All the current tenants will have their leases honored and rent kept stable. New mangers and maintenance staff will be onsite to introduce themselves Wednesday and answer questions. As with all tenants of the housing trust, Dorset Commons’ residents will automatically become members of the organization giving them access to free credit counseling and homebuyer education classes. Members also are invited to a summer picnic each year, and an annual meeting and awards dinner to elect the board of directors.

Bank financing was provided by TD Bank, N.A. In order to keep the rents moderately affordable, financing was also provided by the State of Vermont Treasurer’s Office Local Investment Program, the Vermont Community Foundation, and the Sellers, with an equity grant provided by the Vermont Housing and Conservation Board

“All Vermonters deserve safe and affordable housing options,” said Vermont Treasurer Beth Pearce. “The Treasurer’s Office is committed to working with our partners, like Champlain Housing Trust, to identify capital gaps and leverage State dollars to fill the need and improve Vermonters’ quality of life.”

The Champlain Housing Trust has nearly 3,000 homes under its stewardship, including approximately 2,300 apartments. CHT serves the communities of Chittenden, Franklin and Grand Isle counties.

KeyBank Makes Major Grant to Help End Chronic Homelessness

Posted on Tuesday, June 26, 2018, by Chris Donnelly

CHT announced today a three-year $240,000 commitment from KeyBank Foundation to support our goal of eliminating chronic homelessness in Chittenden County. The grant will be used to hire a social worker to help homeless individuals and families attain access to permanent housing, as well as provide ongoing support and services to help them retain housing.

“KeyBank’s recognition that this bold goal is achievable demonstrates what a committed community partner they are,” said Brenda Torpy, CEO of the Champlain Housing Trust. “In collaboration with many partners, we’ve made tremendous progress over the past few years. With this infusion of funds we will eliminate chronic homelessness in Chittenden County.”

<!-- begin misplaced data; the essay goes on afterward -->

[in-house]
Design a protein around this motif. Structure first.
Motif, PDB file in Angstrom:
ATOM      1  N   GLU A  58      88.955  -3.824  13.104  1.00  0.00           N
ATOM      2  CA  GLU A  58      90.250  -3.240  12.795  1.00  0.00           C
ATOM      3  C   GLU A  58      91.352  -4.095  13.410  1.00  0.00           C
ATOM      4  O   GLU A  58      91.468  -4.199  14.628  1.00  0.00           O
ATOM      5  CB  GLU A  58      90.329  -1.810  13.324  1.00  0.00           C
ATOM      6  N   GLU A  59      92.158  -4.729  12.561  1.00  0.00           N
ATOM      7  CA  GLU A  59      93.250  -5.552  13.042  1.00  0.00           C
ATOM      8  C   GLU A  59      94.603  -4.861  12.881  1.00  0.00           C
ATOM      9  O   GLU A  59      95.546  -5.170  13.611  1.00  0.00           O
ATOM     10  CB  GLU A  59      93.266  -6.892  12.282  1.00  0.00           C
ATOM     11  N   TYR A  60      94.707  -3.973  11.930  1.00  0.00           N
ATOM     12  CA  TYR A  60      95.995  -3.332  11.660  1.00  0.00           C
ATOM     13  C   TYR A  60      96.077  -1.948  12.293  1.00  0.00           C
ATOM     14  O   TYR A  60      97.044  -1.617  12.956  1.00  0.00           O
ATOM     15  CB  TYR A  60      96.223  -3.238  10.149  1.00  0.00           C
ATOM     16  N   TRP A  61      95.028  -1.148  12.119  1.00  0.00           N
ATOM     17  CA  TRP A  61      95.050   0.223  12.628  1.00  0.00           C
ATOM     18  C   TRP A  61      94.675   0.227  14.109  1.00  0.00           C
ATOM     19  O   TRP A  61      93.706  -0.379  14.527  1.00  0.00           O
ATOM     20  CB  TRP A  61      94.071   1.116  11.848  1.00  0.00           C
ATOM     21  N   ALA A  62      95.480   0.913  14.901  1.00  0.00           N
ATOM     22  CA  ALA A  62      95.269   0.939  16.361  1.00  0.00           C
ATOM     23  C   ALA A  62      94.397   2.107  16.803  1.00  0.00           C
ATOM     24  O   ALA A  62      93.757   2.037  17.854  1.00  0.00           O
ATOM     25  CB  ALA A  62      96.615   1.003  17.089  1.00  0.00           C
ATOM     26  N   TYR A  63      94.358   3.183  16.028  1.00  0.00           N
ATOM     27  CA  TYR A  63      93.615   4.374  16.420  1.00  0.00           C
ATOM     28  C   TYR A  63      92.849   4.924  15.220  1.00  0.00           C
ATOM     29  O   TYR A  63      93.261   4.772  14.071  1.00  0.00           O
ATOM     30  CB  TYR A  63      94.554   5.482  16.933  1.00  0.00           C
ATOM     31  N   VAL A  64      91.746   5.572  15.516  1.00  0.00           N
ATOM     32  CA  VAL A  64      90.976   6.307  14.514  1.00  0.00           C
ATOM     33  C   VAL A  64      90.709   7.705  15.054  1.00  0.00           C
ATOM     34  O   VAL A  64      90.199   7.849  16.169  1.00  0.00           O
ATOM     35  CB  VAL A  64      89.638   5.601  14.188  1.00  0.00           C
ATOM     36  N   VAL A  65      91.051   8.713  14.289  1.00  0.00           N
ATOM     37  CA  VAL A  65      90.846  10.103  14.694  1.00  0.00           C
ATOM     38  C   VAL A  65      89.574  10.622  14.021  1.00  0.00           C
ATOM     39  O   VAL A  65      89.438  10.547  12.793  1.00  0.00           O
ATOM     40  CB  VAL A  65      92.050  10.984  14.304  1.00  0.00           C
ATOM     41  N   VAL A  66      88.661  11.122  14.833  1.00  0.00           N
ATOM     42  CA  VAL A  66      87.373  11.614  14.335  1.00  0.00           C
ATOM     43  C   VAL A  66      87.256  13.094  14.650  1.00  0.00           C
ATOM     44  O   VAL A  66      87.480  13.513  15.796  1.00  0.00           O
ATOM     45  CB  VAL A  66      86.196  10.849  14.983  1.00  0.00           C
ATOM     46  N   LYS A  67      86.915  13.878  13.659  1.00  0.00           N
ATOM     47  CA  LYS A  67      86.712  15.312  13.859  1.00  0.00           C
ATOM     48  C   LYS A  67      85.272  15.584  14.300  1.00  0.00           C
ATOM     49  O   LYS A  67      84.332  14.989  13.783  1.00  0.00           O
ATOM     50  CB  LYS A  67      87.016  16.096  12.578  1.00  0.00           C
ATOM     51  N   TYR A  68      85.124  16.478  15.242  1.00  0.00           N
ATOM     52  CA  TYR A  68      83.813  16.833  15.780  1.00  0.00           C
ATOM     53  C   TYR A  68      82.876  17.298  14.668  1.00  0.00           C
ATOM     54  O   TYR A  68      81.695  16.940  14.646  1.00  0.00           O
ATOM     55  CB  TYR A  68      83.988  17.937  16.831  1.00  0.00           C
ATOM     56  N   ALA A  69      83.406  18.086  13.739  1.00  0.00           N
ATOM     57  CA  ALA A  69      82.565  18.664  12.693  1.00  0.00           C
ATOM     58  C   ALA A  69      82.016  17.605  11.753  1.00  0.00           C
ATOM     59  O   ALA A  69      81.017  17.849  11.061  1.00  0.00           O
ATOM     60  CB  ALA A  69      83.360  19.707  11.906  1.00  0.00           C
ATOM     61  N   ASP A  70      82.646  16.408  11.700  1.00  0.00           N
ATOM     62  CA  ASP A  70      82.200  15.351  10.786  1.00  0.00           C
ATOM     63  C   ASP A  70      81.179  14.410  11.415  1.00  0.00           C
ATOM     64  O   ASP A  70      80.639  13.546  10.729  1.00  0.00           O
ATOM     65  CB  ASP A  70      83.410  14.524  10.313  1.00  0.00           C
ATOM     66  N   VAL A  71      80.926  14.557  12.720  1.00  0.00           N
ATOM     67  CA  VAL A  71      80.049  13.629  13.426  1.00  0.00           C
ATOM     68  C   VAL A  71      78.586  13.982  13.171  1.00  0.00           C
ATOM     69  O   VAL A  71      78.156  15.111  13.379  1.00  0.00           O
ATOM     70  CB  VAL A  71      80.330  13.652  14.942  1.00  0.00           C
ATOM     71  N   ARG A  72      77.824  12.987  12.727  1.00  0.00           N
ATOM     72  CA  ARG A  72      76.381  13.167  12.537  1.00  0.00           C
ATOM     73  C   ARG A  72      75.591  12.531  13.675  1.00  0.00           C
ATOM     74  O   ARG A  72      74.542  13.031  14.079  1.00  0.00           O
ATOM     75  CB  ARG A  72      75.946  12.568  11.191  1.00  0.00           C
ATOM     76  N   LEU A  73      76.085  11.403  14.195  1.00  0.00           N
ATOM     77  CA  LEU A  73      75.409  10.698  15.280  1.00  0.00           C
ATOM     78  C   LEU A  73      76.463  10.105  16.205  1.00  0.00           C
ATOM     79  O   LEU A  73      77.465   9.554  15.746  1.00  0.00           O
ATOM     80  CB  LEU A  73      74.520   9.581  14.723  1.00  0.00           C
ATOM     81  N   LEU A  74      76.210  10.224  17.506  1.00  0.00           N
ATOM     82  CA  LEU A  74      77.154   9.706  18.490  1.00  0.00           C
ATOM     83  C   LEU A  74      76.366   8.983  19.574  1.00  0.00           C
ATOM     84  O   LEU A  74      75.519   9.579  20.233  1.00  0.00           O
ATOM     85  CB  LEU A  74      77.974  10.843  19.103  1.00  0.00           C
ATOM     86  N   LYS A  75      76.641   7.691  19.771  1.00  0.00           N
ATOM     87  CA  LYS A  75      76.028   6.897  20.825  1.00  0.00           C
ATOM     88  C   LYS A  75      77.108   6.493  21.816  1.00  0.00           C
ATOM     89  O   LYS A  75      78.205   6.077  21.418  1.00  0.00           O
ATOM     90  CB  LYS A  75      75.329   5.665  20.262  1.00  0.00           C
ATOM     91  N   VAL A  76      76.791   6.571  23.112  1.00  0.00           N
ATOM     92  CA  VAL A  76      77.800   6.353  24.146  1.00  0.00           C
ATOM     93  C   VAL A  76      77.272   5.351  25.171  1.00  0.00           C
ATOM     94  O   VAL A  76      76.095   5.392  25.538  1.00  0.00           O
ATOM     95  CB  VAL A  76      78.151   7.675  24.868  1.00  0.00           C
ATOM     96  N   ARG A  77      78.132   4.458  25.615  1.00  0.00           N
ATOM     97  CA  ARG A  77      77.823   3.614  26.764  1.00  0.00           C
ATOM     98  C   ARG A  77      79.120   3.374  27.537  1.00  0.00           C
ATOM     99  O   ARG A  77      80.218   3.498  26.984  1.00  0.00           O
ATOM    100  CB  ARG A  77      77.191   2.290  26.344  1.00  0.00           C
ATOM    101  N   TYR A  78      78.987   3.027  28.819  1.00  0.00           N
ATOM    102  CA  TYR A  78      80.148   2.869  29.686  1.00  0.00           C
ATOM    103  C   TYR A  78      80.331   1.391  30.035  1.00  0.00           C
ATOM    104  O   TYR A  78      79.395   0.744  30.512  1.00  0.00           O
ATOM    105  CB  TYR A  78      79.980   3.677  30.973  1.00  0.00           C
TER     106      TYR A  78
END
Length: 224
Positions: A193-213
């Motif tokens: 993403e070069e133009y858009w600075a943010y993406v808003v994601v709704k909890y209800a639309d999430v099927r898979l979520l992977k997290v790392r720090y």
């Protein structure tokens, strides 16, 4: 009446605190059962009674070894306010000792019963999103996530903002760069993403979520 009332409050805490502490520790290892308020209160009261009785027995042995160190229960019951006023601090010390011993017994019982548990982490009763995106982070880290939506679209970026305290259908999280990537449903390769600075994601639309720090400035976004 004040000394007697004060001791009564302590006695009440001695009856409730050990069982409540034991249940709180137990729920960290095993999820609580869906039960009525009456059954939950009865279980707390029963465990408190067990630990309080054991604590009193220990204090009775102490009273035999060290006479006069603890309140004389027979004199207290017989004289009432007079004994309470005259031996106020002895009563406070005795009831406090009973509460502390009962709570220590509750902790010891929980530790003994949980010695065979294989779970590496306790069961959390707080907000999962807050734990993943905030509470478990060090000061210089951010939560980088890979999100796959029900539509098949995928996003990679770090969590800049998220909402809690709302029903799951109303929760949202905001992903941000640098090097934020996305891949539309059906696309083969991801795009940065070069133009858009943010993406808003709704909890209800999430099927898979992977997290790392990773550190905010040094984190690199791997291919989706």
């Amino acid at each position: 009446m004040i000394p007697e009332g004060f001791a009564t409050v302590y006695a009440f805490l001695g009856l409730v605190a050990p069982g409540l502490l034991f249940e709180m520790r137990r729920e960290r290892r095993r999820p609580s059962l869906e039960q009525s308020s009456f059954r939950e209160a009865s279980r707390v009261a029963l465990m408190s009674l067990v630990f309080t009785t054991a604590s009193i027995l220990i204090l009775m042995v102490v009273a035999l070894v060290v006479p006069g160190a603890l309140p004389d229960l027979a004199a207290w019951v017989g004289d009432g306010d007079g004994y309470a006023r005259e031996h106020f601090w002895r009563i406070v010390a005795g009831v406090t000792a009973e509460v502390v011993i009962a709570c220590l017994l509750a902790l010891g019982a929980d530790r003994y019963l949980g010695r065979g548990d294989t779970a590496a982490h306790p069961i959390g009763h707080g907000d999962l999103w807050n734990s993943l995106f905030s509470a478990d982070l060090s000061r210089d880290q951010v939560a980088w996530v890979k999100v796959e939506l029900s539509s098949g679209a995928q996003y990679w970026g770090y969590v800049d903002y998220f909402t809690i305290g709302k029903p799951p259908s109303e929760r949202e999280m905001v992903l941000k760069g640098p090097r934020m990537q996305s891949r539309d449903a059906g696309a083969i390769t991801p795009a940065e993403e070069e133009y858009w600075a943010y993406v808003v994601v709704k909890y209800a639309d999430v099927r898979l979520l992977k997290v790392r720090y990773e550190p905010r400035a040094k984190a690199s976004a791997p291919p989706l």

A point-in-time survey done in January 2015 identified 101 individuals as “chronically homeless” in the county. Collaboration and coordination among various agencies reduced that number to 35 individuals by January 2018.  Currently, there are approximately 330 formerly homeless residents in CHT apartments – including 76 new residents in the past year. “Support for people after they’ve moved into their new apartment has been as critical as housing them in the first place,” commented Torpy.

“We are thrilled to provide needed funding to Champlain Housing Trust at a critical juncture in their efforts to end chronic homelessness,” said KeyBank Market President Donald Baker. “They have proven to be an effective leader in this campaign, and we are happy to partner with them as they continue to improve the lives of so many in our community.”

The $240,000 grant is the largest investment KeyBank Foundation has made to the Burlington community in recent years. It will be paid out over three years beginning in the summer of 2018. The Champlain Housing Trust intends to advertise for and hire the new staff shortly, and will continue to work with the Chittenden County Homeless Alliance to achieve this goal.

KeyBank representatives commit to $240,000 in funding to Champlain Housing Trust.  From left: Brigitte Ritchie, KeyBank Corporate Responsibility Officer, New England Region; Donald Baker, KeyBank Vermont Market President; Margaret Bozik, Champlain Housing Trust Director of Asset Management and Special Initiatives and co-chair, Chittenden County Homeless Alliance; Brenda Torpy, Champlain Housing Trust CEO.


Mixed Results in first year of Building Homes Campaign

Posted on Wednesday, September 27, 2017, by Chris Donnelly

Governor Phil Scott joined municipal officials, nonprofit leaders, lawmakers and housing developers Wednesday to applaud progress toward meeting residential building targets in Chittenden County, while acknowledging that more needs to be done to increase the number of affordable apartments and for-sale homes available to working people.

The Building Homes Together (BHT) campaign, launched by the Champlain Housing Trust, Housing Vermont and the Chittenden County Regional Planning Commission in 2016, set a target of 3,500 new homes to be constructed over five years, with 20% of them being permanently affordable. The campaign goals are supported by over 100 community leaders and public officials.

In 2016, Chittenden County saw a net increase of 916 new homes including accessory dwellings, assisted living apartments, apartments and homes for sale. This is nearly twice the average annual production of homes during the past five years. Despite this increase, there were only 69 new affordable homes added in 2016, or 8% of the total.

“The construction of new homes is an important part of our efforts to increase availability of affordable housing statewide, and is great for our economy, employers and citizens. I am pleased to see progress made in Chittenden County, but we have more work to do here and across Vermont,” said Governor Phil Scott. “This data illustrates our continued need for more moderately priced homes to ensure Chittenden County is affordable for low and middle-income Vermonters. I believe the $35 million Housing for All bond I proposed, and the legislature passed, this year will help us make more progress in Chittenden County, and across the state.”